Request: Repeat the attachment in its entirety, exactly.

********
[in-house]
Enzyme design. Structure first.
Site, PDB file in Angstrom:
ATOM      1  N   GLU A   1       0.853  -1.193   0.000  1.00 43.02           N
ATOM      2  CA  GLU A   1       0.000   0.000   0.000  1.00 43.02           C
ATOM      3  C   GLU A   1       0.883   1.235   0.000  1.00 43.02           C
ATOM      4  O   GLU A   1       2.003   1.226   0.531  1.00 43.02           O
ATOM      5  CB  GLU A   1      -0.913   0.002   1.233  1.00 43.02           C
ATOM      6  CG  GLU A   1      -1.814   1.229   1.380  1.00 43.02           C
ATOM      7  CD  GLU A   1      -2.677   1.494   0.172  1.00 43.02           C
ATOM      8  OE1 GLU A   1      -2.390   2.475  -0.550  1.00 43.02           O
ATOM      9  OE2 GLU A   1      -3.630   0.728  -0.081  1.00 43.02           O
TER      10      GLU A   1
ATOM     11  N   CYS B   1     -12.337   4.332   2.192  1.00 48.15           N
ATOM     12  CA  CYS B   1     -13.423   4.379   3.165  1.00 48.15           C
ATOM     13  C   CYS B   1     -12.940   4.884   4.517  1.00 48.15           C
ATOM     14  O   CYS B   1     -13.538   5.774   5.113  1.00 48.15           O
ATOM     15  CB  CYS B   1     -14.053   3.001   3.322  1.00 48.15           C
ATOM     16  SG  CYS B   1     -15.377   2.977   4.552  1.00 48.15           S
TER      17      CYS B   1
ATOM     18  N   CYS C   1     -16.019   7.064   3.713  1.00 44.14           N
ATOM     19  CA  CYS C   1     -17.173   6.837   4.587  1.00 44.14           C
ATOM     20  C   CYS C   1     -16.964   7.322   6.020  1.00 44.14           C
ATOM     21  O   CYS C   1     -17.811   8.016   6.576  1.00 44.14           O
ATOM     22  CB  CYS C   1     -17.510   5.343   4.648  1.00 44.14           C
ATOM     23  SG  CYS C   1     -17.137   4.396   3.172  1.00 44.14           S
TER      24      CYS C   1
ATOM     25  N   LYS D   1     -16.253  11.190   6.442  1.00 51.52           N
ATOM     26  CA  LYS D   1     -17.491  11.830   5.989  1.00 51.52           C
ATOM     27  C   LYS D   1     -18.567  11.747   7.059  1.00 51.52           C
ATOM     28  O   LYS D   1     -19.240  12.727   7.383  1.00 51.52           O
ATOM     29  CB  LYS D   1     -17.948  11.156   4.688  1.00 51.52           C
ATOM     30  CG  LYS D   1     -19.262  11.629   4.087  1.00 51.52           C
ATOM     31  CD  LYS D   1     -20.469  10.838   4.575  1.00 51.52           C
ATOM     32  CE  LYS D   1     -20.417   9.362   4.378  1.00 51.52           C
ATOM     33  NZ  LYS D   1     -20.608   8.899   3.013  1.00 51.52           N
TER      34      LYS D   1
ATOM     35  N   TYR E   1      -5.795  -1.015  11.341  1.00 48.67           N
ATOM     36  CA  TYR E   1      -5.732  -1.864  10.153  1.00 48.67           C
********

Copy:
[in-house]
Enzyme design. Structure first.
Site, PDB file in Angstrom:
ATOM      1  N   GLU A   1       0.853  -1.193   0.000  1.00 43.02           N
ATOM      2  CA  GLU A   1       0.000   0.000   0.000  1.00 43.02           C
ATOM      3  C   GLU A   1       0.883   1.235   0.000  1.00 43.02           C
ATOM      4  O   GLU A   1       2.003   1.226   0.531  1.00 43.02           O
ATOM      5  CB  GLU A   1      -0.913   0.002   1.233  1.00 43.02           C
ATOM      6  CG  GLU A   1      -1.814   1.229   1.380  1.00 43.02           C
ATOM      7  CD  GLU A   1      -2.677   1.494   0.172  1.00 43.02           C
ATOM      8  OE1 GLU A   1      -2.390   2.475  -0.550  1.00 43.02           O
ATOM      9  OE2 GLU A   1      -3.630   0.728  -0.081  1.00 43.02           O
TER      10      GLU A   1
ATOM     11  N   CYS B   1     -12.337   4.332   2.192  1.00 48.15           N
ATOM     12  CA  CYS B   1     -13.423   4.379   3.165  1.00 48.15           C
ATOM     13  C   CYS B   1     -12.940   4.884   4.517  1.00 48.15           C
ATOM     14  O   CYS B   1     -13.538   5.774   5.113  1.00 48.15           O
ATOM     15  CB  CYS B   1     -14.053   3.001   3.322  1.00 48.15           C
ATOM     16  SG  CYS B   1     -15.377   2.977   4.552  1.00 48.15           S
TER      17      CYS B   1
ATOM     18  N   CYS C   1     -16.019   7.064   3.713  1.00 44.14           N
ATOM     19  CA  CYS C   1     -17.173   6.837   4.587  1.00 44.14           C
ATOM     20  C   CYS C   1     -16.964   7.322   6.020  1.00 44.14           C
ATOM     21  O   CYS C   1     -17.811   8.016   6.576  1.00 44.14           O
ATOM     22  CB  CYS C   1     -17.510   5.343   4.648  1.00 44.14           C
ATOM     23  SG  CYS C   1     -17.137   4.396   3.172  1.00 44.14           S
TER      24      CYS C   1
ATOM     25  N   LYS D   1     -16.253  11.190   6.442  1.00 51.52           N
ATOM     26  CA  LYS D   1     -17.491  11.830   5.989  1.00 51.52           C
ATOM     27  C   LYS D   1     -18.567  11.747   7.059  1.00 51.52           C
ATOM     28  O   LYS D   1     -19.240  12.727   7.383  1.00 51.52           O
ATOM     29  CB  LYS D   1     -17.948  11.156   4.688  1.00 51.52           C
ATOM     30  CG  LYS D   1     -19.262  11.629   4.087  1.00 51.52           C
ATOM     31  CD  LYS D   1     -20.469  10.838   4.575  1.00 51.52           C
ATOM     32  CE  LYS D   1     -20.417   9.362   4.378  1.00 51.52           C
ATOM     33  NZ  LYS D   1     -20.608   8.899   3.013  1.00 51.52           N
TER      34      LYS D   1
ATOM     35  N   TYR E   1      -5.795  -1.015  11.341  1.00 48.67           N
ATOM     36  CA  TYR E   1      -5.732  -1.864  10.153  1.00 48.67           C